Last time we talked a bit about the check engine light and the ramifications that it can have on emissions testing. This time we wanted to talk a little bit about the fuel system in your vehicle and what you can do to extend its life at home. At Kearny Mesa Automotive and Transmission, we are committed to the needs of our clients and their vehicles. We know what it is like to have a broken down vehicle at the worst possible time and we will do everything we can to do our job right, so you can drive with confidence. We specialize in transmissions and general automotive repair; proudly serving San Diego for over 30 years. We have been repairing cars since Oldsmobile was still around and plan on remaining your local automotive and transmission shop for years to come.
The Fuel System
An efficiently operating fuel system is essential to having a good running engine. Your engine needs three things to fire and stay running; fuel, spark and air. The process works like this: outside air is sucked into the engine and fuel is introduced at some point. Where the fuel and air are mixed is dependent on the type of fuel system that your vehicle has. An old style carburetor mixes the fuel and air in the manifold and is very inefficient compared to modern fuel injection systems. Currently fuel is delivered to the engine through a high pressure fuel system and injectors. In order to make the most of the fuel in the cylinder it must be properly atmoized. A high pressure fuel system is ideal for atomizing the fuel for efficient combustion. The atomized fuel and air mixture is then ignited by a spark, provided by a spark plug. The process is pretty simple, but take away one of the components and the whole system collapses.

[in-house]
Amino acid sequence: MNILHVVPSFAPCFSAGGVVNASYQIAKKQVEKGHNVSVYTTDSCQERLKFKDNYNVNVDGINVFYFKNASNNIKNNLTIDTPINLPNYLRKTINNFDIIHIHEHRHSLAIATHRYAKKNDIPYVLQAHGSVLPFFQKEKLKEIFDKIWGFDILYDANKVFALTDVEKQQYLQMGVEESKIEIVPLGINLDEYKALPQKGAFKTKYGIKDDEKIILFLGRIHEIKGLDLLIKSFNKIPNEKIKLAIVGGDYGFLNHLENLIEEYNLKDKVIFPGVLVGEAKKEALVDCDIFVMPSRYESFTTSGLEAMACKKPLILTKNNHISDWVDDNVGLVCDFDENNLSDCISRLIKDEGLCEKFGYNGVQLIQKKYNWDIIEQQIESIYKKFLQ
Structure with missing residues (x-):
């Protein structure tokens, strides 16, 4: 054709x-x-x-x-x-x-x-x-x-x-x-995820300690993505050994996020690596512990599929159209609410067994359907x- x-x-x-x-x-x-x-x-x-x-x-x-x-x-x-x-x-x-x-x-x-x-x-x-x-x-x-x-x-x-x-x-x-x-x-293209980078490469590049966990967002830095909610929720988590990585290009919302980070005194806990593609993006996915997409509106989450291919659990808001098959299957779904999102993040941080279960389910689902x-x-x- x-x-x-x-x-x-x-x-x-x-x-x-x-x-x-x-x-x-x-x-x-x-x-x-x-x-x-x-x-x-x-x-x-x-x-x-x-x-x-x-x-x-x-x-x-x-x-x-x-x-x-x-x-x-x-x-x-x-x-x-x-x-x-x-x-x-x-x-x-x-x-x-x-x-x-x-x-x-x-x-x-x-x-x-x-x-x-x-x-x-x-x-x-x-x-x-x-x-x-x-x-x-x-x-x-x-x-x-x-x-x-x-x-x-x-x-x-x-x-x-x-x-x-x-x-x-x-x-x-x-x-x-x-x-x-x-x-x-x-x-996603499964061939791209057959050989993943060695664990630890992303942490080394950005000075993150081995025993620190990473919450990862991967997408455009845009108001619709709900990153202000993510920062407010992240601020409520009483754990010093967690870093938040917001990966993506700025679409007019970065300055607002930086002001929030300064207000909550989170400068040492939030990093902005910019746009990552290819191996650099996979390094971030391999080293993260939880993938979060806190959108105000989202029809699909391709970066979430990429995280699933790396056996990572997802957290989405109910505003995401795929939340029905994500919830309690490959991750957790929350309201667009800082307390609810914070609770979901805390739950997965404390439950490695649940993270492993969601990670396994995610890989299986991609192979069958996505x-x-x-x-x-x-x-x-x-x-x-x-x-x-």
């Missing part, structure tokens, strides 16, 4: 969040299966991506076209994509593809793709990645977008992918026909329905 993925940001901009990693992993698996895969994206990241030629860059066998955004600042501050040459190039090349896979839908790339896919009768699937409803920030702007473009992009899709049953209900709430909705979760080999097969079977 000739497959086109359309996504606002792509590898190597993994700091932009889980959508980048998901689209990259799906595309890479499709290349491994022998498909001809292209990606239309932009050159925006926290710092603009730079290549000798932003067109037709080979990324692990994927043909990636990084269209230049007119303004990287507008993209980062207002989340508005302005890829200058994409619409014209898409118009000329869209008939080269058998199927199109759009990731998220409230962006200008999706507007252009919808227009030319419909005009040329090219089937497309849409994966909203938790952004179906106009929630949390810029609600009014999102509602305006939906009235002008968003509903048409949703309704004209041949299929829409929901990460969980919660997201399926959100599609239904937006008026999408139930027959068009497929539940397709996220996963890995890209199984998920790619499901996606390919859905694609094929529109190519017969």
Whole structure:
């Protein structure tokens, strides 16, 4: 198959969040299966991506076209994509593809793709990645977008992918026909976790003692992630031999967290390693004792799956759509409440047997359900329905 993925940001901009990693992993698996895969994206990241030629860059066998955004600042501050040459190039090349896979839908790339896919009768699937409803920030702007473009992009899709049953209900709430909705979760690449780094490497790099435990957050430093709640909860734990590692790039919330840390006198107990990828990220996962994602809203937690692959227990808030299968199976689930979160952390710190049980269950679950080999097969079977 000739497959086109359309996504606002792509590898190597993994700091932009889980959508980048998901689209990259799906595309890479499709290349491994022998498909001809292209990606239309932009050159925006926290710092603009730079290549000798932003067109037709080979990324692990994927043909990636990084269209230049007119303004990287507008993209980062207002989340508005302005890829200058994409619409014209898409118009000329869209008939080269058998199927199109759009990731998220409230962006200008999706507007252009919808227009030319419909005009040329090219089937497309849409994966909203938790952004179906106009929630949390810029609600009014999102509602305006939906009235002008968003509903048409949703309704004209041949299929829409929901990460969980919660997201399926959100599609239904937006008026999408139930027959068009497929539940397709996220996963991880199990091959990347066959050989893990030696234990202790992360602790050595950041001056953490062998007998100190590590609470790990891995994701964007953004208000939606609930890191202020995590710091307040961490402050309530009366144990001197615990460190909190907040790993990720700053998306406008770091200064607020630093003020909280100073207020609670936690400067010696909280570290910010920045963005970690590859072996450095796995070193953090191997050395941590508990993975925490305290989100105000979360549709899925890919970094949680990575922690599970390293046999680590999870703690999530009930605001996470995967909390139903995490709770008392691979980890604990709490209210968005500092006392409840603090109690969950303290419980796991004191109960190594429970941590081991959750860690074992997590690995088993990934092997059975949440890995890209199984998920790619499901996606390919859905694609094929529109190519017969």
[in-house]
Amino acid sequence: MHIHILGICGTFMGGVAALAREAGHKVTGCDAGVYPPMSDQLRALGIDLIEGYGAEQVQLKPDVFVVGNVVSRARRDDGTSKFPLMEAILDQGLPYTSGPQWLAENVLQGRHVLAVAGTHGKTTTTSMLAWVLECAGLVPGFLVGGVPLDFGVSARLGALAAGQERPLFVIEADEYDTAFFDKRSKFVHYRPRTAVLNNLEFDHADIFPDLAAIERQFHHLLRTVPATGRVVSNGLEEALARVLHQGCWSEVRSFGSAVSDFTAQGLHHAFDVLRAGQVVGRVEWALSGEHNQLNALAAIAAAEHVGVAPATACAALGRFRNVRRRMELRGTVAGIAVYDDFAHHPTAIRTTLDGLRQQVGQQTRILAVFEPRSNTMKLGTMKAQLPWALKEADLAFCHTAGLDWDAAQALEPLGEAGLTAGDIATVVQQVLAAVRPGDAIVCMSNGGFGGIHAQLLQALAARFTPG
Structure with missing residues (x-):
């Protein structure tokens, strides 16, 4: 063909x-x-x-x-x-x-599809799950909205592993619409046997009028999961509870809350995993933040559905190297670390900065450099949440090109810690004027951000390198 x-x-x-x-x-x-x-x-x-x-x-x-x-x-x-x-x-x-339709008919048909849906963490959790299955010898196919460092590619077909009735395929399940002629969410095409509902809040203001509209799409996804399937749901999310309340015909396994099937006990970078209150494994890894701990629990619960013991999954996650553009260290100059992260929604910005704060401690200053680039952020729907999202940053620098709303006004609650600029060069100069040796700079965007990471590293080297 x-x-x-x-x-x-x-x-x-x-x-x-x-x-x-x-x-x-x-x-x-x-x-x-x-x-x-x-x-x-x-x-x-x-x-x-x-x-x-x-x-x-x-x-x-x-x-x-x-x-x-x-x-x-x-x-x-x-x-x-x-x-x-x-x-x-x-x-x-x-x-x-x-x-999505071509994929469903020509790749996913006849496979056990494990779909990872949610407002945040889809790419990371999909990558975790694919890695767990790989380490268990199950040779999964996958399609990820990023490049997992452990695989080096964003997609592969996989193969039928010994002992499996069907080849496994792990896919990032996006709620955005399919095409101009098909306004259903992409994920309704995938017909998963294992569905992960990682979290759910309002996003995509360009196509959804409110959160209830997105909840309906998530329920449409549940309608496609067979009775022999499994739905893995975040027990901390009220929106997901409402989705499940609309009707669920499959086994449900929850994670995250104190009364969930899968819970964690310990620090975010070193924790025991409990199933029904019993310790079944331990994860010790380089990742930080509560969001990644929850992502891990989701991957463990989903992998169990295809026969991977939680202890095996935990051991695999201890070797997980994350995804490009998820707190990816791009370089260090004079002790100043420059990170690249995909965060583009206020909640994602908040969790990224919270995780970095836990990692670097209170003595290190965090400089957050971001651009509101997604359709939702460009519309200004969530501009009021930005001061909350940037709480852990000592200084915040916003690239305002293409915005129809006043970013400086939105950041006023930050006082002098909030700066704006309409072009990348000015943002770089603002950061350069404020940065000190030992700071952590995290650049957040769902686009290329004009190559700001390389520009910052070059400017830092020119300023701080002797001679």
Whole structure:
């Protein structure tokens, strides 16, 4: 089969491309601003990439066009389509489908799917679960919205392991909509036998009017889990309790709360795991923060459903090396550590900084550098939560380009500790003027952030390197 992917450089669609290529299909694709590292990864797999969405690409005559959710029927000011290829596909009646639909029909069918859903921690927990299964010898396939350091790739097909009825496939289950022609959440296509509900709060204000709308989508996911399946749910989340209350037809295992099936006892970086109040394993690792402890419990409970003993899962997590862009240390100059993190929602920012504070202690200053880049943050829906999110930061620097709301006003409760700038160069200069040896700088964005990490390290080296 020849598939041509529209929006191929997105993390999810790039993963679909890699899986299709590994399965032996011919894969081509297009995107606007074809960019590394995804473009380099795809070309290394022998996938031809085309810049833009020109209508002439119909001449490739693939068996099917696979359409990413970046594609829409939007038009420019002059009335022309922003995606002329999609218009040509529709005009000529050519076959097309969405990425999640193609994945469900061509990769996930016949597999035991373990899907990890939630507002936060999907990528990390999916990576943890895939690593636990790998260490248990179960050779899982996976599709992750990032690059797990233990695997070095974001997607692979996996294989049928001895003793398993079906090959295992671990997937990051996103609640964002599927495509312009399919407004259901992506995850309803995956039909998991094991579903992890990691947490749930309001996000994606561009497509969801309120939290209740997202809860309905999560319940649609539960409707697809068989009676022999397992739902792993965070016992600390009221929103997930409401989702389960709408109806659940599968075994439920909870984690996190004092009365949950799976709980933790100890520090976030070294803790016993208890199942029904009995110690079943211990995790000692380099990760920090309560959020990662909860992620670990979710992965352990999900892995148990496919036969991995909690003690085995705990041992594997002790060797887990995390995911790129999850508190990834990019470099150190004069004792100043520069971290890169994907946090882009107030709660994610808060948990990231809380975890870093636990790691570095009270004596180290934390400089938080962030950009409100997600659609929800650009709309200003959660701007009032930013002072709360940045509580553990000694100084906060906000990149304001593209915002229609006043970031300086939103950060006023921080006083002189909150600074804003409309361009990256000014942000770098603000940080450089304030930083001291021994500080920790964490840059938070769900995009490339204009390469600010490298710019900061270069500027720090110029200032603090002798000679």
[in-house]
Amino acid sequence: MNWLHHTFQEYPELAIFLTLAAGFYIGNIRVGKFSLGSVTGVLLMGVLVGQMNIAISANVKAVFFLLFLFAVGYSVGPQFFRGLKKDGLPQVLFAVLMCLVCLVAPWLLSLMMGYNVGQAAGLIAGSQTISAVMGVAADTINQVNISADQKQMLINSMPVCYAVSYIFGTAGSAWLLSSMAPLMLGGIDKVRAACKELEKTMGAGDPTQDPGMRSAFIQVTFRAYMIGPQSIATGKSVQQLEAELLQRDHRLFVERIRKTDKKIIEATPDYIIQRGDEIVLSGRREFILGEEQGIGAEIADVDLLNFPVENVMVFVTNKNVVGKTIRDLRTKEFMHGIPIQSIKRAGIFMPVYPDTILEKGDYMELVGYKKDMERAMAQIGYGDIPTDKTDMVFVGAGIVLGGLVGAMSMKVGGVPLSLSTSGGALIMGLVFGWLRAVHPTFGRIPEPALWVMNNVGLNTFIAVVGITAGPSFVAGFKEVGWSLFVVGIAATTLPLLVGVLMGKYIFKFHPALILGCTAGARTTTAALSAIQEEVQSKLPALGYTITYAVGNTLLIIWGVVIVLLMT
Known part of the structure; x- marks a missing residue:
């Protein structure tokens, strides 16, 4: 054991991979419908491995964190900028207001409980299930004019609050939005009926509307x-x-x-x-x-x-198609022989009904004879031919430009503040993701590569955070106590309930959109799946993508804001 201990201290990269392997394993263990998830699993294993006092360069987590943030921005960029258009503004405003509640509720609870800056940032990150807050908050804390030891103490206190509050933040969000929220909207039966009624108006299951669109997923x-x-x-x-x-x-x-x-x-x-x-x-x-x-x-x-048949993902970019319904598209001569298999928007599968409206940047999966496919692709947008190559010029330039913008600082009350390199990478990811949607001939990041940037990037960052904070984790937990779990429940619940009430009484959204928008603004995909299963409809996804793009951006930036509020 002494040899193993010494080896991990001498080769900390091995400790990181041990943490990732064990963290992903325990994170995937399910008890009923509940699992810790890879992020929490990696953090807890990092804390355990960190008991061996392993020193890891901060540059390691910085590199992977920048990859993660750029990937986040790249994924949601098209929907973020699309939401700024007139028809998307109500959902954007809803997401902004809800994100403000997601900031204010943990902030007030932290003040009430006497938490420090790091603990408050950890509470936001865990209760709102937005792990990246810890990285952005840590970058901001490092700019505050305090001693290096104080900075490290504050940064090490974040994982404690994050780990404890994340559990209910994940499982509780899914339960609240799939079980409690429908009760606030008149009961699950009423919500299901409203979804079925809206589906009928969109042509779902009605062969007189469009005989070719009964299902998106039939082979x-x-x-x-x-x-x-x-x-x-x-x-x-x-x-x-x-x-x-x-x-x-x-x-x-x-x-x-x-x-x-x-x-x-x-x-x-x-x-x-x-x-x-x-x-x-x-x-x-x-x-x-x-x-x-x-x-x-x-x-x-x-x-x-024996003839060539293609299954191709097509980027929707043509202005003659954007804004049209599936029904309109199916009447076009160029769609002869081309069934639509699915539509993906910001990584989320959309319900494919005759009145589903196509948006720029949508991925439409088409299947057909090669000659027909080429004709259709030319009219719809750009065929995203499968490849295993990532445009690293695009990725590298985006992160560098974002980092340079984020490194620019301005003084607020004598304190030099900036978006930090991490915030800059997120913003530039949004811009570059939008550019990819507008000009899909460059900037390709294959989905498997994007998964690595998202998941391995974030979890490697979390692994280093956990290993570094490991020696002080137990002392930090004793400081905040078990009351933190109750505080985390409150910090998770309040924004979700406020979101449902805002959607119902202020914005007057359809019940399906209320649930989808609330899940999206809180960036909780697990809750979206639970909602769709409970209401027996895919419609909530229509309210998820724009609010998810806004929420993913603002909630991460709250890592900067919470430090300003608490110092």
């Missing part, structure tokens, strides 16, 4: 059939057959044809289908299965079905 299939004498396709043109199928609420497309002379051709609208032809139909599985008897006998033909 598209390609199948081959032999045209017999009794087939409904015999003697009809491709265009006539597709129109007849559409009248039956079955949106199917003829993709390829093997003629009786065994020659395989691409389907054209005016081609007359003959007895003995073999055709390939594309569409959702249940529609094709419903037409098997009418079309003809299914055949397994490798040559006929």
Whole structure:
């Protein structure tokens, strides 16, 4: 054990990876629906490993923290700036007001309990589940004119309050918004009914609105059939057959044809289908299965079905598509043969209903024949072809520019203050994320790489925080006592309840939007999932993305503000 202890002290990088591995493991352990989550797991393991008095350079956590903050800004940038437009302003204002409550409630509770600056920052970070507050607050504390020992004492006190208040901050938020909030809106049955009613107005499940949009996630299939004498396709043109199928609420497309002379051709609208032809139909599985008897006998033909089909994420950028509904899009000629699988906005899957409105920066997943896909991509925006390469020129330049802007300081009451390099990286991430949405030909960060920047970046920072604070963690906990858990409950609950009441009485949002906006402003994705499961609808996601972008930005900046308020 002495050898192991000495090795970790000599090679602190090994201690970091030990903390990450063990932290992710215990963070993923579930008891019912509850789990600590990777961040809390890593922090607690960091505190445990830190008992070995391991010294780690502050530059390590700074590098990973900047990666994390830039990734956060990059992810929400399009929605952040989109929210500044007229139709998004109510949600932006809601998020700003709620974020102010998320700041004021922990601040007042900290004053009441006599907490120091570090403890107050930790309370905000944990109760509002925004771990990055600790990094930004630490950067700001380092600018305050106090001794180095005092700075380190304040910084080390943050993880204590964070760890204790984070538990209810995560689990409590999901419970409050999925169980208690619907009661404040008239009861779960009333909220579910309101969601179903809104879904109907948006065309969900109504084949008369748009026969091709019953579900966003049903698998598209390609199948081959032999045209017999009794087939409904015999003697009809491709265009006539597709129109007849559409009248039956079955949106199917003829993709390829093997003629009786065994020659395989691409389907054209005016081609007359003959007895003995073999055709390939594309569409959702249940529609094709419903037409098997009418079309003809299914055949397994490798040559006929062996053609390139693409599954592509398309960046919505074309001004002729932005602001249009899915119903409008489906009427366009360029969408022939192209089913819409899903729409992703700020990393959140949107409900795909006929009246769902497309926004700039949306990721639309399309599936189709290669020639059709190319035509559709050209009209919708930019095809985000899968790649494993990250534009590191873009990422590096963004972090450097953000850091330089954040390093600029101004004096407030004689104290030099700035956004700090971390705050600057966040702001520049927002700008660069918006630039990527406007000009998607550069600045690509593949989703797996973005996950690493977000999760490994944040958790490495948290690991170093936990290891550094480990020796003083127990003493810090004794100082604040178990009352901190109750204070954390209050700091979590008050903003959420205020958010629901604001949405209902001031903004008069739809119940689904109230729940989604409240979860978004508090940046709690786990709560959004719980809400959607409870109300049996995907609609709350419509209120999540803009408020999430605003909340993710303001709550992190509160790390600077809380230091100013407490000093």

Most of us do not give much thought to the type of fuel that we are putting into our vehicles. It’s much like many of us do not pay enough attention to what we put into our bodies. Using the best fuel is critical to vehicle performance and is equal to eating a whole bunch of kale (yuck). It is important to pay attention to the recommended fuel for your vehicle. Many regular engines run better on fuel that is above 87 octane. Higher performance engines may require even higher octane to avoid what is known as destination.
Regardless of where you get your gasoline there is bound to be a large number of contaminants in it and this is due to how we store gasoline. Almost every service station that you go to had huge tanks buried underground, full of gasoline. These tanks naturally introduce water and other impurities into the mix. This is where your fuel filter comes in, it is responsible for straining the bad stuff out of the gasoline before it gets to the injectors. A fuel filter should be changed at least every six months but qualified shop. If you need your fuel filter changed or your fuel system inspected please do not hesitate to contact us.